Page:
How Mike Schmuhl is taking Pete Buttigieg's go-everywhere approach to Indiana
"This is not an off year for us."
Mike Schmuhl. Photo credit: Drew Anderson.
In the weeks before his former boss’s victory in the Iowa Caucuses last February, Mike Schmuhl and the upper echelon of Pete Buttigieg’s campaign advisers made a strategic bet.
Buttigieg mostly steered clear of big cities like Des Moines. Instead, they focused on rural counties where he could drive up margins in redder parts of the state. Aboard his blue and yellow campaign bus, I remember cruising past cornfield after cornfield to places like Britt—population 1,973—and stopping at a breakfast dive called Mary Jo’s Hobo House, in deep-red Iowa. No burg was left behind.
Now at the helm of the Indiana Democratic Party, an organization that hasn’t produced a winning statewide candidate since 2012, Schmuhl is applying that same principle to rebuilding the party on a county-by-county basis. Instead of dispatching his candidates to places like the HoBo House in Britt, Iowa, Schmuhl is sending people like former Congressman Baron Hill to places like the Chicken House in Sellersburg, Indiana.
In touting President Biden’s American Rescue Plan and its $5.8 billion windfall to Indiana, Schmuhl and a rotating cast of Indiana Democrats visited 25 counties—drawing Hoosiers from 40 different counties—a number of them in deeply rural and red parts of the state.
What did the off-year tour accomplish? Democrats say they didn’t track attendance at each event. But in addition to more than 30 earned-media hits and a smattering of front-page stories around the state, the tour served as sort of a spring training for some of the party’s highest-profile figures, including former U.S. Sen. Joe Donnelly, Hammond Mayor Thomas McDermott, and former Republican Superintendent of Public Instruction Dr. Jennifer McCormick, among others. “It also helped to show that we're going to go everywhere,” Schmuhl told me. “We're not going to take the community for granted, red or blue, depending on their voting history.”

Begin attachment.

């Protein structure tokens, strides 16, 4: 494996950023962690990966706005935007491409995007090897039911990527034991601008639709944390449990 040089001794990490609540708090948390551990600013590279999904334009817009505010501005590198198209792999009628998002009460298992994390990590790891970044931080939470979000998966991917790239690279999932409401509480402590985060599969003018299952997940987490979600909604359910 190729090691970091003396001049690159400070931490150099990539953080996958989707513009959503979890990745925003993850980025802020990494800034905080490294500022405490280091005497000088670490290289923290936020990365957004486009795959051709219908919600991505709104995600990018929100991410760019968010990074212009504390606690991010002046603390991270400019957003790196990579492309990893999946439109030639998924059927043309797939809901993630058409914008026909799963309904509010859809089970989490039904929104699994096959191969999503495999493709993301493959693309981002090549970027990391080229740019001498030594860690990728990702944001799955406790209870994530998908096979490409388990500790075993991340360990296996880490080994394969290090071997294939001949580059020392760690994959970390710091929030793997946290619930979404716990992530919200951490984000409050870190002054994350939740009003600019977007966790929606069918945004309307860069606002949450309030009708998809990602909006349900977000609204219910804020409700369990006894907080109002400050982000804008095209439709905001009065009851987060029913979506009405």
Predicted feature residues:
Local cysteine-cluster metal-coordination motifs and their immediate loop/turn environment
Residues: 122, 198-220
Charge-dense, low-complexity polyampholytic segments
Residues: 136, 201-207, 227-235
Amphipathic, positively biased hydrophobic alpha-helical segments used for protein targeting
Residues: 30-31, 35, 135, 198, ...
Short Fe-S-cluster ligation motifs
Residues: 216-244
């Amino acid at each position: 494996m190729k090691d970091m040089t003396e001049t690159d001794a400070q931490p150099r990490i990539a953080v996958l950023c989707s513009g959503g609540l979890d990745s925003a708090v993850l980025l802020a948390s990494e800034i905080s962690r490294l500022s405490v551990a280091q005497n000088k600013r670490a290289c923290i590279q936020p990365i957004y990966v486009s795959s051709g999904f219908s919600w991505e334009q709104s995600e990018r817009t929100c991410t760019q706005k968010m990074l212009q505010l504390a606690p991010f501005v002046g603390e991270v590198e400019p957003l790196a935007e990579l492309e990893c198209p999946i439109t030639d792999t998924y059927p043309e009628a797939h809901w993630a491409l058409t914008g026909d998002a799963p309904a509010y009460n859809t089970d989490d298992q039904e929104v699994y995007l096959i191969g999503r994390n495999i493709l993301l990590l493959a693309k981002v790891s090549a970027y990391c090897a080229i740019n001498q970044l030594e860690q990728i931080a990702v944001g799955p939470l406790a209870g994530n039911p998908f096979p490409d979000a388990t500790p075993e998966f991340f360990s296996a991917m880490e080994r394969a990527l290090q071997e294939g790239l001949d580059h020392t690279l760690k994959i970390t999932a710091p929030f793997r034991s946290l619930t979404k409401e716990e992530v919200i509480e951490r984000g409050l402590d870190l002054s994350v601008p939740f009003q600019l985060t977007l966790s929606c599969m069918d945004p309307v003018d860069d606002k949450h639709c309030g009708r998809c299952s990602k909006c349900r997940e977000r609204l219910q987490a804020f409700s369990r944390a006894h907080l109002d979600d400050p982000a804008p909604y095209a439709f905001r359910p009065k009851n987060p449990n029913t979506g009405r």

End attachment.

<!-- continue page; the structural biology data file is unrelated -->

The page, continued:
(In a statement to IMPORTANTVILLE, Indiana Republican Party chairman Kyle Hupfer, a potential gubernatorial candidate himself in 2024, threw cold water on the tour. “Hoosiers don’t need a tour to know what’s happened in Indiana,” Hupfer told IMPORTANTVILLE. “They have witnessed Governor Holcomb’s leadership daily through the pandemic. They have seen Republican governors, legislators and local elected officials lead with principles and solution-oriented policies for years. And many remember that it was Republicans who led Indiana out of Democrat-cause debt and disfunction. Decades of Republican leadership mean something and Hoosiers have great memories.” No Indiana Republican in the congressional delegation voted for the legislation.)
Here, in an interview with IMPORTANTVILLE, Schmuhl reflects on the tour, his first months as party chairman, and what comes next for his rebuild project.
What is your takeaway from this tour?